Hmmm, I don't know if all of this really suggests that We don't think a language can be worth learning if it is simple
. It seems that the complexities of various languages reflect more the organic nature of language than any sort of conspiracy by language users.
The linguist Steven Pinker
points out, for example, that irregular verbs can often be explained in terms of phonology
: generating inflected verbs by our language's regular rules could produce words we'd find too difficult to pronounce, whereas "Irregulars ... all have standard Anglo-Saxon word sounds such as grew and strode and clung, which please the ear and roll off the tongue." (p.19).
The ability to pronounce a word obviously falls outside of our language-psychology.
It is also interesting to note that across various languages the irregulars tend to name the same concepts ("be, have, do, go, and say") (p.18)! Pinker points out that any irregularities in the naming of these concepts (which might, for example, stem from the diverse origins of the language) are more likely to be retained because of their frequent use.
Were we to suddenly adopt an artificial language
such as Esperanto
, a number of irregularities would come into parlance after a few generations. This is not because we love inconsistency. Rather, these inconsistencies are actually less obviously advantages to breaking the rules that emerged as the language was thrown back and forth (there was definitely never a single user of our language who suddenly decided "hey, it’s a lot easier to say grew than growed!").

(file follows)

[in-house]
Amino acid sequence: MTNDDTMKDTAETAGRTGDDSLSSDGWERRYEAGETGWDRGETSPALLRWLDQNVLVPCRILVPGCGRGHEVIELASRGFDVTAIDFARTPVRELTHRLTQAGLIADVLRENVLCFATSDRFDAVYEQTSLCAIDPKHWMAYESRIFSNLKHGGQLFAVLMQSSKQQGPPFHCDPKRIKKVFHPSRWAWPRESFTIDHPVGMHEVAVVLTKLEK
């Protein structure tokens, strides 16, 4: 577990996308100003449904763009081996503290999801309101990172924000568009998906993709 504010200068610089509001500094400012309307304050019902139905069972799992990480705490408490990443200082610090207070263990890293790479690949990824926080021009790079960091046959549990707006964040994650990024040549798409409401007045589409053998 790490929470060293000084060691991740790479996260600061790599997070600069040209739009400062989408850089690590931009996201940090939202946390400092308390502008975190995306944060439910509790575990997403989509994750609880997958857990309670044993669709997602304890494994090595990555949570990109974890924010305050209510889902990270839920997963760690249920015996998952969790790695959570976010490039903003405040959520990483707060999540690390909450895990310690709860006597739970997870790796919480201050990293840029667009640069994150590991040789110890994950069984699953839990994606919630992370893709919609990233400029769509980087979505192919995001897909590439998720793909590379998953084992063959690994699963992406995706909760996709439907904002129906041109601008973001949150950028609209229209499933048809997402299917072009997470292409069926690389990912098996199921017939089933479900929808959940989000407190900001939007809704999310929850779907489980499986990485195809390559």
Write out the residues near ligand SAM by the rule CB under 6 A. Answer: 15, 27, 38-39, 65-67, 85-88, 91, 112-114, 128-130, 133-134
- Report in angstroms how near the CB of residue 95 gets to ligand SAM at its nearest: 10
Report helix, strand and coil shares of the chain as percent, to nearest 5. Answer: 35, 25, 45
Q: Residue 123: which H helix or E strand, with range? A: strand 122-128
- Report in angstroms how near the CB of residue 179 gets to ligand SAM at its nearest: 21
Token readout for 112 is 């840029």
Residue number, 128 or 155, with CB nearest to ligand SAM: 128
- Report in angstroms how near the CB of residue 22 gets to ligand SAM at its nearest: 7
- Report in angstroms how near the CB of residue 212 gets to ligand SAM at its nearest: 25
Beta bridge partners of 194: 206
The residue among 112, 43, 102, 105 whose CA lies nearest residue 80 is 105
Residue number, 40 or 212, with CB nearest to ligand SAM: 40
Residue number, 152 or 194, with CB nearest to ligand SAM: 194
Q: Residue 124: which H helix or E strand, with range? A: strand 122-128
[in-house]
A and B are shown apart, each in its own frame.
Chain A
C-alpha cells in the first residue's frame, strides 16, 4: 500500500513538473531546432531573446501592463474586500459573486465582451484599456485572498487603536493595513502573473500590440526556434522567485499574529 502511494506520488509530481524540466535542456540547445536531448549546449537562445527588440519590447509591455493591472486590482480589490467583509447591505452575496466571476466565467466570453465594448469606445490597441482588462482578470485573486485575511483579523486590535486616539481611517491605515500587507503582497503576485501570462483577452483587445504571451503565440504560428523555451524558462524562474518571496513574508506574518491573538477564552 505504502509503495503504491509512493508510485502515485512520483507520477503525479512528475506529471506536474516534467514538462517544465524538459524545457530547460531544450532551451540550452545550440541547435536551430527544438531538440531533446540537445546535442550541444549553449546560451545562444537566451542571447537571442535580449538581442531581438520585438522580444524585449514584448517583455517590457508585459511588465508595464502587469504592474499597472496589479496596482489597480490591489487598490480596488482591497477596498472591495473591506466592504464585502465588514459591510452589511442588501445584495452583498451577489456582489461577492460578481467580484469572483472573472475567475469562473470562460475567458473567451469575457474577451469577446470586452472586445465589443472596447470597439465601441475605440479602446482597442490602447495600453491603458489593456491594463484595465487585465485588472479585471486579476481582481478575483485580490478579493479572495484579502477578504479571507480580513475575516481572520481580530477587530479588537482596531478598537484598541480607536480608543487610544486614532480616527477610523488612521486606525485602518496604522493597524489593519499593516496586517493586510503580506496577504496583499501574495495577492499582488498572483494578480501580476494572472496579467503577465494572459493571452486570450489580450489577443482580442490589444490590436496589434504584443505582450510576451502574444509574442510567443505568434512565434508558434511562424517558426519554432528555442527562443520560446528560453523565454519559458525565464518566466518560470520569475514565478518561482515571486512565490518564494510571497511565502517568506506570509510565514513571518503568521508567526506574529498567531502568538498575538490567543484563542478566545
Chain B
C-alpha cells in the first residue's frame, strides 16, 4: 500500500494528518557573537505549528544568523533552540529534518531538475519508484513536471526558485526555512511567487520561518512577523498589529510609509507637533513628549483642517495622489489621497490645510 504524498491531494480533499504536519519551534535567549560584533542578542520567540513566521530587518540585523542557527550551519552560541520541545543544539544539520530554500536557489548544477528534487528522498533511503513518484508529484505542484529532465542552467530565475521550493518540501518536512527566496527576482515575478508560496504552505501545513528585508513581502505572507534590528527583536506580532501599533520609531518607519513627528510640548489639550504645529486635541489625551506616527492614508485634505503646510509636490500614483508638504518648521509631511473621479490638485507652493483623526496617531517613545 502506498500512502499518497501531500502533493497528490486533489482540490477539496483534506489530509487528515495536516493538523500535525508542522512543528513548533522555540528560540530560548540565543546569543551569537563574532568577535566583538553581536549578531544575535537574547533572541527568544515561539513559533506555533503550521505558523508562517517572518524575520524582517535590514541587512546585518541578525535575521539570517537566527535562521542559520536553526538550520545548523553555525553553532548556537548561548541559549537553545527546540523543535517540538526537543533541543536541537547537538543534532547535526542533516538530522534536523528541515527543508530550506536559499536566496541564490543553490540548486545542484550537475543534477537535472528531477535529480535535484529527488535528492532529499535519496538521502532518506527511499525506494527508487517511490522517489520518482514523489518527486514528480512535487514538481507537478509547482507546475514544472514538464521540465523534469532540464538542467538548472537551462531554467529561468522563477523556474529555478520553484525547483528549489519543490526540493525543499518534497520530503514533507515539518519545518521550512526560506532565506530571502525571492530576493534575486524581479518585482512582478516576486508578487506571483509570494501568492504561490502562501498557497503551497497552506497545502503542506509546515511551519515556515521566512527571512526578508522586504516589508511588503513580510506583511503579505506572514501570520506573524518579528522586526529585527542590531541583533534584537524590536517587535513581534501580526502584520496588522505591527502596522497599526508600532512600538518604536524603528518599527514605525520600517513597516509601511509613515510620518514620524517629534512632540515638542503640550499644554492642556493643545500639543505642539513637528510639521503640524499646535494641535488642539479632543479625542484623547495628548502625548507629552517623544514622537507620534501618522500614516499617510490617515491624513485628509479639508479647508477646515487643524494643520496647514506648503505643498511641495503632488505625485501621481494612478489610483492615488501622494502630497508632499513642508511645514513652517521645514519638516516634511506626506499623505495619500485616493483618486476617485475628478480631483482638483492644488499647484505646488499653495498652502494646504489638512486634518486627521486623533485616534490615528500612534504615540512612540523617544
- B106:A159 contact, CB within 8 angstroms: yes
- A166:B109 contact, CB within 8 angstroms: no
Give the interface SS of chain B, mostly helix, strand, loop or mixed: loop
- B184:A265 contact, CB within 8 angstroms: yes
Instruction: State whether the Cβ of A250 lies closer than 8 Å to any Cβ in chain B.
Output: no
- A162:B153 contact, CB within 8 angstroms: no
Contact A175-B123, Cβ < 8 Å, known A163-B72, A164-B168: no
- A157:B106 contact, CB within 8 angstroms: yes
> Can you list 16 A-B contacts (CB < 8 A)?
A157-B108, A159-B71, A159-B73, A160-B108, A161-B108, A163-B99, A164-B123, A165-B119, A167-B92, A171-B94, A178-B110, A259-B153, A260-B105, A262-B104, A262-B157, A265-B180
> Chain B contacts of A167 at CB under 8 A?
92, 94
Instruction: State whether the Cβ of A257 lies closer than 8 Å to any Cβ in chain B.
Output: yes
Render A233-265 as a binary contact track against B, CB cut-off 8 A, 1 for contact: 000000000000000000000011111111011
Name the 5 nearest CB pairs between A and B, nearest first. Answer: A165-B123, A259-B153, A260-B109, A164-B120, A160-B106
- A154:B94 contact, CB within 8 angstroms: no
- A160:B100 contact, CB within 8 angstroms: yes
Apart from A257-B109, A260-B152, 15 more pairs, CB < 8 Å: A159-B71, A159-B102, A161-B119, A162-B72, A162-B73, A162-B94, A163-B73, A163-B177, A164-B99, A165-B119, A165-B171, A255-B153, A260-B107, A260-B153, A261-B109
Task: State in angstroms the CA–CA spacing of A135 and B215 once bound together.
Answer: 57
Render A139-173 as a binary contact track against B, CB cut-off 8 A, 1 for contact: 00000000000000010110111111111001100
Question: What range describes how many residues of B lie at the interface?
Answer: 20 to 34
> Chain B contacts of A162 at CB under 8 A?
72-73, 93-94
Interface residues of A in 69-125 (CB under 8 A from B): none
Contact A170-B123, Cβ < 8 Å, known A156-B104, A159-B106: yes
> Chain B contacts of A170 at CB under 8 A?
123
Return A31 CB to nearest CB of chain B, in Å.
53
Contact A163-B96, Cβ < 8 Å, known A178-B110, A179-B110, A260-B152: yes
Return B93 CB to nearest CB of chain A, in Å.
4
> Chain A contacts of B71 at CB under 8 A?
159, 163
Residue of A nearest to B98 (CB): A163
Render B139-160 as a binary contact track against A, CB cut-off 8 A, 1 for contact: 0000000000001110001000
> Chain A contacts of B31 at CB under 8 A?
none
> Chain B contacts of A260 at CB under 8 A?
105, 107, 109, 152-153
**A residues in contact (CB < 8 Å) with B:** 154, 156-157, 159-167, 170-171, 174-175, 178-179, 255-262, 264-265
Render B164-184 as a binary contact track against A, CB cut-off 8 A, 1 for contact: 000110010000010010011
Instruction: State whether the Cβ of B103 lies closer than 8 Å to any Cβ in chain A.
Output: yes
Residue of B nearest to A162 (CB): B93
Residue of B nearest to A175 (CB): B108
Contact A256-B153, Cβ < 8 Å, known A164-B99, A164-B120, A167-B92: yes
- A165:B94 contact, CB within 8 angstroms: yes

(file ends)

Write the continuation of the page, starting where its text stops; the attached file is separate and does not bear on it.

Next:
The genetics of languages - the origin of a particular aspect of a language in an older language - could also account for many of inconsistencies in a language as a whole. This is certainly how we should think about the complexities of Japanese orthography
that thbz discusses. I'm sure native and foreign speakers of Japanese would prefer a simpler system for writing their language, but that's just not the way their language evolved.
In summary, the complexities of languages take form in an unconscious way - through an organic process of trial and error that reflects more than what individuals enjoy about using their language.
Both quotes are from "Words and Rules: The Ingredients of Language" by Steven Pinker.
Thanks to Albert Herring, for pointing out an error in the first version of this write up.